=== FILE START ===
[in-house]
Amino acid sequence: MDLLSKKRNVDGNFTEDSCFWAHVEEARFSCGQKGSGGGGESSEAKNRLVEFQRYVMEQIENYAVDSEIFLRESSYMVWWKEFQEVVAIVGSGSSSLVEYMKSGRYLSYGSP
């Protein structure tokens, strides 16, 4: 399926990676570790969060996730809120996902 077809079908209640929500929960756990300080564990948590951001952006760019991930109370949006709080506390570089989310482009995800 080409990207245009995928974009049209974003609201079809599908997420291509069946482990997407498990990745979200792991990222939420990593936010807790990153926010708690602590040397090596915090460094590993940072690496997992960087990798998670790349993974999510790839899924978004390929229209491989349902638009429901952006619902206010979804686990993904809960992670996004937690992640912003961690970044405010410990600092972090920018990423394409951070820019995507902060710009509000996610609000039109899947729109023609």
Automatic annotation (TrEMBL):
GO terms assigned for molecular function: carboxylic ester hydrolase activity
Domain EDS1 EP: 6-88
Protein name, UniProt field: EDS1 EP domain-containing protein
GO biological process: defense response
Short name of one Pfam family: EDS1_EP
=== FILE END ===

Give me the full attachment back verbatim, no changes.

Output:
[in-house]
Amino acid sequence: MDLLSKKRNVDGNFTEDSCFWAHVEEARFSCGQKGSGGGGESSEAKNRLVEFQRYVMEQIENYAVDSEIFLRESSYMVWWKEFQEVVAIVGSGSSSLVEYMKSGRYLSYGSP
């Protein structure tokens, strides 16, 4: 399926990676570790969060996730809120996902 077809079908209640929500929960756990300080564990948590951001952006760019991930109370949006709080506390570089989310482009995800 080409990207245009995928974009049209974003609201079809599908997420291509069946482990997407498990990745979200792991990222939420990593936010807790990153926010708690602590040397090596915090460094590993940072690496997992960087990798998670790349993974999510790839899924978004390929229209491989349902638009429901952006619902206010979804686990993904809960992670996004937690992640912003961690970044405010410990600092972090920018990423394409951070820019995507902060710009509000996610609000039109899947729109023609």
Automatic annotation (TrEMBL):
GO terms assigned for molecular function: carboxylic ester hydrolase activity
Domain EDS1 EP: 6-88
Protein name, UniProt field: EDS1 EP domain-containing protein
GO biological process: defense response
Short name of one Pfam family: EDS1_EP